The Dons are coming home to Merton, but councillors in Wandsworth are less than pleased.

On Thursday, December 10, Merton Council's planning committee gave unanimous backing to AFC Wimbledon's plans to return to the borough, converting the greyhound stadium in Plough Lane, just metres from the Wandsworth border, to a 20,000 seat stadium, initially 11,000 seats.

In addition, there will be 602 new homes built, squash courts, a creche and a fitness centre.

December 10: AFC Wimbledon stadium will be 'the end of greyhound racing', but the sport will fight Plough Lane plans

December 11: Cheers and hugging as AFC Wimbledon have Plough Lane stadium plans unanimously approved by Merton Council

December 16: AFC Wimbledon fans still celebrating victory - but will decision go into extra time?

Wandsworth Council had urged its Merton counterpart to wait for more information before making a decision, and now say the decision should be rigorously scrutinised when it comes before Boris Johnson at City Hall next year. 

Planning spokeswoman Councillor Sarah McDermott said: "We have concerns about the impact of this largescale development on residents and businesses in our borough, especially in Earlsfield and Tooting, and so we urged planning councillors in Merton to seek answers to the questions we had raised before deciding this scheme.

"Unfortunately they have not listened to that advice and we have now been placed in a situation where residents in our borough will almost certainly suffer disruption and inconvenience as a result. 

"We believe this impact will be so adverse and so serious that the Mayor now needs to intervene and scrutinise this application much more comprehensively.

"In particular the Mayor needs to look at its impact on neighbouring communities in terms of transport infrastructure, parking and other local services."

Coun McDermott stressed that the council is not opposed to development on the site, or its use as a football ground, but said this application failed to address problems the plans create.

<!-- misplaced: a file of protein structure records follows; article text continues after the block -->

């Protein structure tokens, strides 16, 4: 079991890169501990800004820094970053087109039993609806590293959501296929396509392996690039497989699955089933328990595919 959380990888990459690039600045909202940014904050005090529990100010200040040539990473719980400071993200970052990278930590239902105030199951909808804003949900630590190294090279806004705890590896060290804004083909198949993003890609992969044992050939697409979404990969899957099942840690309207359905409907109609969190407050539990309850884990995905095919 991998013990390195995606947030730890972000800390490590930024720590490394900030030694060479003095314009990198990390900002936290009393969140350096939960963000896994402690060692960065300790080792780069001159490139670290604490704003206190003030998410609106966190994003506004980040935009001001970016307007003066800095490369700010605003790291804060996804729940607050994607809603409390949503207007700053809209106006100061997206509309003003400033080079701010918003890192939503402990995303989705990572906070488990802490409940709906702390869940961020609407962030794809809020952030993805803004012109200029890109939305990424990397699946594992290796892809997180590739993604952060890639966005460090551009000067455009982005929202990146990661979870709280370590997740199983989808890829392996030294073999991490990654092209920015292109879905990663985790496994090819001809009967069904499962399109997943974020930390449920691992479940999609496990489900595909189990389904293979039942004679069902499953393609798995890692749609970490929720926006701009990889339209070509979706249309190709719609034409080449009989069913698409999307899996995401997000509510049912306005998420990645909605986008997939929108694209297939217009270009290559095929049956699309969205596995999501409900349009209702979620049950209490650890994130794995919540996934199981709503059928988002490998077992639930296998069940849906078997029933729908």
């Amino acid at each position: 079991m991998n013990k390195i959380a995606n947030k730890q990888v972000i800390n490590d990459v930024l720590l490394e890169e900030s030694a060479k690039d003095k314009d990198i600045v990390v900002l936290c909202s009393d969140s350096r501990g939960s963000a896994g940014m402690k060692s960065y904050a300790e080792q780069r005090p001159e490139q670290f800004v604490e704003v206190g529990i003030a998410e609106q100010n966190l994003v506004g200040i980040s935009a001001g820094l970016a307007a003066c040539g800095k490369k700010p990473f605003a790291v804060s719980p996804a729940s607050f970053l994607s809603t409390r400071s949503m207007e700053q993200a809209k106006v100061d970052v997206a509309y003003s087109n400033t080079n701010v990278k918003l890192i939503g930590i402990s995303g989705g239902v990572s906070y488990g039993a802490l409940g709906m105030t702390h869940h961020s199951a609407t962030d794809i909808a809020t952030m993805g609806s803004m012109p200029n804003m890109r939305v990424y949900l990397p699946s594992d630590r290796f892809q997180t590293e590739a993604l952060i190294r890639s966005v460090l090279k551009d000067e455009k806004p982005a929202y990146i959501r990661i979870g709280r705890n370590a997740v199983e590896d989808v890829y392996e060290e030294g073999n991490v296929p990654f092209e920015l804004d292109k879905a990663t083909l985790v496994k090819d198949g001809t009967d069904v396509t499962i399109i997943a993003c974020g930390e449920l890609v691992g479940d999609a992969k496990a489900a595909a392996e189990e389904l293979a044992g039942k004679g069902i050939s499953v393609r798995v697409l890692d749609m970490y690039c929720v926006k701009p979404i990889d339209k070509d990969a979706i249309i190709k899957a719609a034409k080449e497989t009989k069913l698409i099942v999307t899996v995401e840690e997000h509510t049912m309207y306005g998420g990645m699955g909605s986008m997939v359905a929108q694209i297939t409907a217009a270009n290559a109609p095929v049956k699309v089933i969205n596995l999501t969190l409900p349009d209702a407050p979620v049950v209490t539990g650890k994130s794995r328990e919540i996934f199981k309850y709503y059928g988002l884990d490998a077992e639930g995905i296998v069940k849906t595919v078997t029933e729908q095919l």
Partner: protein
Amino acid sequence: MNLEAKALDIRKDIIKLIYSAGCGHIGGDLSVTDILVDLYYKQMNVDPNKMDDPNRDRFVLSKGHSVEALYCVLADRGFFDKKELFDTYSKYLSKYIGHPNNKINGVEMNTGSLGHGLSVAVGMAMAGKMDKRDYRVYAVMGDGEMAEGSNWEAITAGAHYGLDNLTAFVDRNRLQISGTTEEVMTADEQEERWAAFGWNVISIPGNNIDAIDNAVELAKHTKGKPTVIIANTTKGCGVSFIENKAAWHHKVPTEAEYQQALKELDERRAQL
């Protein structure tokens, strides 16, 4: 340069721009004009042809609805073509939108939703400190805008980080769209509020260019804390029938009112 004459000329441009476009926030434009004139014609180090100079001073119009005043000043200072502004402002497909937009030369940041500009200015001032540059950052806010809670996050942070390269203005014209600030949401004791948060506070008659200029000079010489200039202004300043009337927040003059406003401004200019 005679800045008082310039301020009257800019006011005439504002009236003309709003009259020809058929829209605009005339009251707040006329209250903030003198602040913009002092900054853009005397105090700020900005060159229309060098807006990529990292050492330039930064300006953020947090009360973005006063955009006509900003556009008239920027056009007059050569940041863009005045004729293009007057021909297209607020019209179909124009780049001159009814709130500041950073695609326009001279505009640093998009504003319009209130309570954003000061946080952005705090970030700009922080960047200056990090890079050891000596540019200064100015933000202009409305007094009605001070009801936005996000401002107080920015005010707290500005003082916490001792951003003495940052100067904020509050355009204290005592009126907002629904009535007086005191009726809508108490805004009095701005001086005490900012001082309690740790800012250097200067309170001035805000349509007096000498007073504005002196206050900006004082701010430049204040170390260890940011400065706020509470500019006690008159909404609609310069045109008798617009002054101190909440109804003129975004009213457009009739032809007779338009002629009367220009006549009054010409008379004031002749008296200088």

Fans and club staff have campaigned to return to the Wimbledon area ever since AFC Wimbledon were formed as a splinter club from Wimbledon FC, which moved to Milton Keynes in 2002.

Following the decision, the team's chief executive Erik Samuelson was hailed as a saint by fans who chanted his name in the council chambers.

He said the club could start building work a year from now as a safe estimate.

He said: "In a perfect world, we would be finished in two years from now and move in immediately, but would we want to move in out of season? I don't know."

The decision was also criticised by chairman of the Wimbledon Park Residents' Association Iain Simpson.

He said: "A significant number of major issues remain unsolved to the satisfaction of many residents who ultimately will bear the impact of this development.

"It seems an opportunity for affordable housing has been denied.

"So ends the fight. An appeal is not something we have considered."

Irish businessman Paschal Taggart, who had hoped to upgrade the existing greyhound stadium as well as build homes and a sports centre, raised concerns about flooding and traffic consequences around the site.

He said: "How Labour councillors could agree to ten per cent affordable housing on the site as opposed to every other council’s insistence on 40 per cent has to be questioned.

"At the outset our team worked on the basis that the Merton plans would eventually be professionally and correctly examined by the Mayor’s office, and we now await their determination."